Monday, October 25, 2010

That's a lot of pudding...

America has a reputation for being the country with all the unhealthy food. Forget France with its famously tantalizing desserts or its fatty croissants and cheeses - American food is either too greasy, too fatty, or too sugary. While it's true that there's plenty of unhealthy foods to be found in America, such consumables are bound to crop up wherever the demand develops. And though demand for such things may not be so great in Japan, it's on the rise. Don't try to deny it. If it weren't, you wouldn't see stuff like this for sale at Japanese convenience stores:

That's a 480-gram cup of pudding. That's about 17 ounces. For those without a basic grasp of amount, that's approximately a friggin lot of pudding. One cup of Jello pudding is about 1.15 ounces, the internet tells me. And look - it's not like this Japanese one is resealable. Who's being a pig now?


  1. The scary thing to me isn't these monsters (though it is amusing seeing huge offerings in konbini), but the calorie counts on the carb bomb pastries. If you take a look at some of the relatively modest-looking cakes (especially steam cakes), some of them have a phenomenal amount of calories. One of the nicest steamed cakes is a Matsuya Ginza one but it comes close to 500 calories.

    There is so much fat in Japanese cakes, even when they're not especially sweet. The melon pan are also deceptive in that they seem pretty much like bread, but many of them are hovering around 450 calories. Things don't even have to be big here to be fattening. They make a Twinkie look like a diet cake offering.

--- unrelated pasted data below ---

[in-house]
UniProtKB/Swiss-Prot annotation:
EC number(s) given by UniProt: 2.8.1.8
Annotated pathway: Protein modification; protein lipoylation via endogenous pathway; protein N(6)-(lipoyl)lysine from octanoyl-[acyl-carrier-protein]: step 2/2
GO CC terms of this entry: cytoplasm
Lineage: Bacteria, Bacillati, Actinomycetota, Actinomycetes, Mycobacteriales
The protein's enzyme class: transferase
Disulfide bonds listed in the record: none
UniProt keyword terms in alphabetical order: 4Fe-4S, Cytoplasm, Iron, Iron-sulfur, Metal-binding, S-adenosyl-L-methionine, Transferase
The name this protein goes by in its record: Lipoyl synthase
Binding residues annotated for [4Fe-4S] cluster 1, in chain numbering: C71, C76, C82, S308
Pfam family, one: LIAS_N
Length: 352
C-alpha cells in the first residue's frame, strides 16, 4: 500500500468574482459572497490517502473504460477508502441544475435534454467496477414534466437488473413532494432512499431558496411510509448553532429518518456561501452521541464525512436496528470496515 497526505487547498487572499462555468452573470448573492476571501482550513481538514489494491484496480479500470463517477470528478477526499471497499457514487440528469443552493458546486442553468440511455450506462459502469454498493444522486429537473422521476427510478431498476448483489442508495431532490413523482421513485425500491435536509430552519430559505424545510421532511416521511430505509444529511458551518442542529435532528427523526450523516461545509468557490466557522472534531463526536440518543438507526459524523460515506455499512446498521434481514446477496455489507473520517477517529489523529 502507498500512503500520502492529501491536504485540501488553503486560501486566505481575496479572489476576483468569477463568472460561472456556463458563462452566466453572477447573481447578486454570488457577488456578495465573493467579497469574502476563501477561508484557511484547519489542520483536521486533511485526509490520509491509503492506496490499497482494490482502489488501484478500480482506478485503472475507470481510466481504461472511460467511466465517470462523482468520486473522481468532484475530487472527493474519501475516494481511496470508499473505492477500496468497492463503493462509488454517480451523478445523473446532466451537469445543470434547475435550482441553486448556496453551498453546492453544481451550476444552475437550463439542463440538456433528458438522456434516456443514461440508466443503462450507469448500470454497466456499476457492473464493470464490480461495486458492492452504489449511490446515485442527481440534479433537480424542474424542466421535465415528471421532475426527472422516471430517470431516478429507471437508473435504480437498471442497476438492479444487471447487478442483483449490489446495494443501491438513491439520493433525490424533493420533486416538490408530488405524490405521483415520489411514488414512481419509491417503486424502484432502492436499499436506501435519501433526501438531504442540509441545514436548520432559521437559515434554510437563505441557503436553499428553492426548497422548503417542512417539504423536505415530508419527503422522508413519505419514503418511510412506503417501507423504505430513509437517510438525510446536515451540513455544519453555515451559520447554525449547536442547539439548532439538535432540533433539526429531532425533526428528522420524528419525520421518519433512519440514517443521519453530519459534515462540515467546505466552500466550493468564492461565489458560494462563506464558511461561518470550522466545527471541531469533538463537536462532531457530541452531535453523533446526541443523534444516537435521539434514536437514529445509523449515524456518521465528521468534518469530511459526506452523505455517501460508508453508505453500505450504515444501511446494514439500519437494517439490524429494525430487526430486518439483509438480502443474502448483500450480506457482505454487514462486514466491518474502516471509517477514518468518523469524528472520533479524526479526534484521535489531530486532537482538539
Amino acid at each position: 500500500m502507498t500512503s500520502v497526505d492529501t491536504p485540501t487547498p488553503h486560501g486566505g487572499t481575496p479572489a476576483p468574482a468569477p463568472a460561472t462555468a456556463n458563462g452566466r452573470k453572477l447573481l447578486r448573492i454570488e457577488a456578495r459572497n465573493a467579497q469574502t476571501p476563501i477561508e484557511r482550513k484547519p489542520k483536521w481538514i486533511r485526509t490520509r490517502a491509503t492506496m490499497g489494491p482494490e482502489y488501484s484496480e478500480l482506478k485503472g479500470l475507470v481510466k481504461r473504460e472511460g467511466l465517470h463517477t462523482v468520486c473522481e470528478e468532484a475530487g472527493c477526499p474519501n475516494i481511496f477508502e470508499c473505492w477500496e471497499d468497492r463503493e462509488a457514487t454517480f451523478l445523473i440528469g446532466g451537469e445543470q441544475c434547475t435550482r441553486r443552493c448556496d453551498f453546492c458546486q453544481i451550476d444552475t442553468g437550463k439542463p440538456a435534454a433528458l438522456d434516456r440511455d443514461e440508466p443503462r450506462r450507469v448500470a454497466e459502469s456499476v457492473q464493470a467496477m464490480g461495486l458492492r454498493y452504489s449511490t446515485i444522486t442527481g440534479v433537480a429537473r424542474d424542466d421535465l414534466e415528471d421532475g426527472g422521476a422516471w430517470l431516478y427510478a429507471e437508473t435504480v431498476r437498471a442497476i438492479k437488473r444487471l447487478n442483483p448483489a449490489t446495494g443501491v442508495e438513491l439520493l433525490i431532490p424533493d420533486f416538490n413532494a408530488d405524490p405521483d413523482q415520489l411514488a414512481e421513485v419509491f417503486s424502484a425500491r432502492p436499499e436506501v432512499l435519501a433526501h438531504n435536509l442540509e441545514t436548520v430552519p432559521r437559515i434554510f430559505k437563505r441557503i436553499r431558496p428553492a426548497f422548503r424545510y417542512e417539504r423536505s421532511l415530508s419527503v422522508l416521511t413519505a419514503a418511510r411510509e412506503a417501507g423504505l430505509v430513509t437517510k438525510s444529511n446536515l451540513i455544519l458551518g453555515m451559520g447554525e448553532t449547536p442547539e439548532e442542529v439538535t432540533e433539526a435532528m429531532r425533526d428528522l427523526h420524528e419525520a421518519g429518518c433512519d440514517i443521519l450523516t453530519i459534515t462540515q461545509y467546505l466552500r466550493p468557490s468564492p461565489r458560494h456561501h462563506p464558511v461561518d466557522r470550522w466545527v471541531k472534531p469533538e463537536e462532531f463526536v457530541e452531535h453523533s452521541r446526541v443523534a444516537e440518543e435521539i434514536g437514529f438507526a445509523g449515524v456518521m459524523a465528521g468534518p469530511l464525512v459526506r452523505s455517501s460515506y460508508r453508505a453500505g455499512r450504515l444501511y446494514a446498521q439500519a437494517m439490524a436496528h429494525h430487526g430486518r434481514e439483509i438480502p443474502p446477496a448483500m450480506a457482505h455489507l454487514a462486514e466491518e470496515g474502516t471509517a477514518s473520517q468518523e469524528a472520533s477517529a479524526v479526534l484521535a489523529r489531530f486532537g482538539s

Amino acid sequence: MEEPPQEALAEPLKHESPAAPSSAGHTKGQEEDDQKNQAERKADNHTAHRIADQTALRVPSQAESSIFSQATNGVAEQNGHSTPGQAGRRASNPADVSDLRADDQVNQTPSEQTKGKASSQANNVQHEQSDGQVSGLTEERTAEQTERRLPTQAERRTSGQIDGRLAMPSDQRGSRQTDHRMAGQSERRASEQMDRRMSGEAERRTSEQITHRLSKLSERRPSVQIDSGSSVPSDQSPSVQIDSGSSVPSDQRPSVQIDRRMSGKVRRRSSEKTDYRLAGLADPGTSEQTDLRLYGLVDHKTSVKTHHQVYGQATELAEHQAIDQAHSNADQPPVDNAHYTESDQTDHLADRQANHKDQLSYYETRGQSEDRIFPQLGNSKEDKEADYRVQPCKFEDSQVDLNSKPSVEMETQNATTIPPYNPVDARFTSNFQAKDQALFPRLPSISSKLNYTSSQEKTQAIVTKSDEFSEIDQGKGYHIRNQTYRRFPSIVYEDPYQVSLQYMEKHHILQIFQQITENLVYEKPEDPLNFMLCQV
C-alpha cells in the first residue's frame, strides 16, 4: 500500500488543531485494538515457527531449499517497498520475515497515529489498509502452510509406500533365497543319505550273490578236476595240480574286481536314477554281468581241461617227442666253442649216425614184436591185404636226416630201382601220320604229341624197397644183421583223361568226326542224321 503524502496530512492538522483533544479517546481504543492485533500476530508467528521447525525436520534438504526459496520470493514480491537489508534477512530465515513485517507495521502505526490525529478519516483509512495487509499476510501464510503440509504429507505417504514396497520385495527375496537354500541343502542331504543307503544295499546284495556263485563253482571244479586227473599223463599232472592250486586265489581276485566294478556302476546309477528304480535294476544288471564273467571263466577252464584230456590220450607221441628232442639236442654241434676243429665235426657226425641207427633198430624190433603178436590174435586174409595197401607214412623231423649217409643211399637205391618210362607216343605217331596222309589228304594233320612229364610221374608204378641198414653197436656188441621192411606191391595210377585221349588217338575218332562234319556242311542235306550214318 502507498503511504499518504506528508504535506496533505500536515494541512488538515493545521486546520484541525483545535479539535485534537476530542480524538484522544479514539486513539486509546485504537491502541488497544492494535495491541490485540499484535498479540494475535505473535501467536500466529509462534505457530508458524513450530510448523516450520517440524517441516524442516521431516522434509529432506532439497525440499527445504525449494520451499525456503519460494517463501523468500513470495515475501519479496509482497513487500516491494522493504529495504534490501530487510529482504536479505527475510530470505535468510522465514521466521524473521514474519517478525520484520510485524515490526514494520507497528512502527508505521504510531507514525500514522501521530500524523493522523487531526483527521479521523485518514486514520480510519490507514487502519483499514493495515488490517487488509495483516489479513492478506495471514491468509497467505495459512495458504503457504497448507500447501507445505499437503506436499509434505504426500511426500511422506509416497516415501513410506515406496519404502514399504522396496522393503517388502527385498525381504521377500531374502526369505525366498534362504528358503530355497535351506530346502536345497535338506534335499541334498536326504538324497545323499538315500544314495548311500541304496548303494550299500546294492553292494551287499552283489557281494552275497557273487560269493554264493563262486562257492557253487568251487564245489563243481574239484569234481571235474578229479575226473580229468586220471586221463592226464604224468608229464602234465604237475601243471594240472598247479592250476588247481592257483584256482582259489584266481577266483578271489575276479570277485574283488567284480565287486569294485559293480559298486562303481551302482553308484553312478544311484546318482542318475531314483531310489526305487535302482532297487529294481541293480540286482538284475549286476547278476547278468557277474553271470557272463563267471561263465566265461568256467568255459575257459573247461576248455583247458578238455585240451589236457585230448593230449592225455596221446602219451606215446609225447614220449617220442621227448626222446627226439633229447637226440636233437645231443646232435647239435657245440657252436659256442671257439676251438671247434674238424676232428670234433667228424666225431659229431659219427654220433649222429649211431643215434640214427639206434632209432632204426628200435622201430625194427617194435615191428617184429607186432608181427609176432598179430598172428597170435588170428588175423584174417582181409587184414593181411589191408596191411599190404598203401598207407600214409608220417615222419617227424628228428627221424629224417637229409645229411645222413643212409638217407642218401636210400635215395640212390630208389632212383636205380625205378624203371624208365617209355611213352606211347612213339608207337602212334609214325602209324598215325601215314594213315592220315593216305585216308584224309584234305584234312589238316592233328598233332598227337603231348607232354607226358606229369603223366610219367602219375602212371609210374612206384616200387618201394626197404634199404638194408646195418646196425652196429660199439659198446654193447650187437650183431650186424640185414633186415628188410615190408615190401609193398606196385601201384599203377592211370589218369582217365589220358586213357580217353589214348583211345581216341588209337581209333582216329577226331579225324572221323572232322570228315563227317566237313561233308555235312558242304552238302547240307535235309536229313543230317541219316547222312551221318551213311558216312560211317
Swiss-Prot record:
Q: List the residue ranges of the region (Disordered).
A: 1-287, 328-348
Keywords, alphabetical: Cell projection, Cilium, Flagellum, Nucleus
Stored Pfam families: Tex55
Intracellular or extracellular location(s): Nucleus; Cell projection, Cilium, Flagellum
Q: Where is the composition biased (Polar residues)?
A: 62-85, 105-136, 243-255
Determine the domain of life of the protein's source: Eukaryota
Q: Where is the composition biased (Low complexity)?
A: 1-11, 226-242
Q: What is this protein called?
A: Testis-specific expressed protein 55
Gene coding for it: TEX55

2. Japanese kids keep getting fatter and fatter.

  3. Orchid, that's very true. One of the reasons I don't really like breads and pastries here - they're all loaded!

    Sixmats - yup. One day they'll catch up. One day.

    Mr. Pineapple - yeah, there was an anindofu one that tempted me. But man, I'd be sick if I ate all that.

  4. You share it, of course. It's only scary if you're used to being a greedy pig yourself.

  5. I guess. But I mean it's right there with all the other individual serving size items. And like I said, it's not resealable. But yeah, I guess it would be pretty reasonable if you, say, took it home as dessert for your family of four.

  6. > One cup of Jell-O
    > pudding is about
    > 1.15 ounces

    Those are the overpriced mini pudding cups that busy moms (or people without Tupperware) put in a second-grader's lunch. They're made for kids. And even at that, they also come in somewhat larger sizes (up to at least ten fl.oz I think).

    The smallest size box of Jell-O instant pudding calls for 2 cups of milk, so that'll be at _least_ 16 fl.oz just from the milk, even if the pudding mix doesn't add any volume at all. The larger box calls for 3 cups of milk, which would be 24 fl.oz.

    Sure, the nutrition information on the box tells you that it makes multiple servings, but you easily can't mix up just part of a box, now can you?

  7. you always gotta rag on france huh paul?

  8. Yeah, well. When I think of fatty foods, I mainly think America and France. =P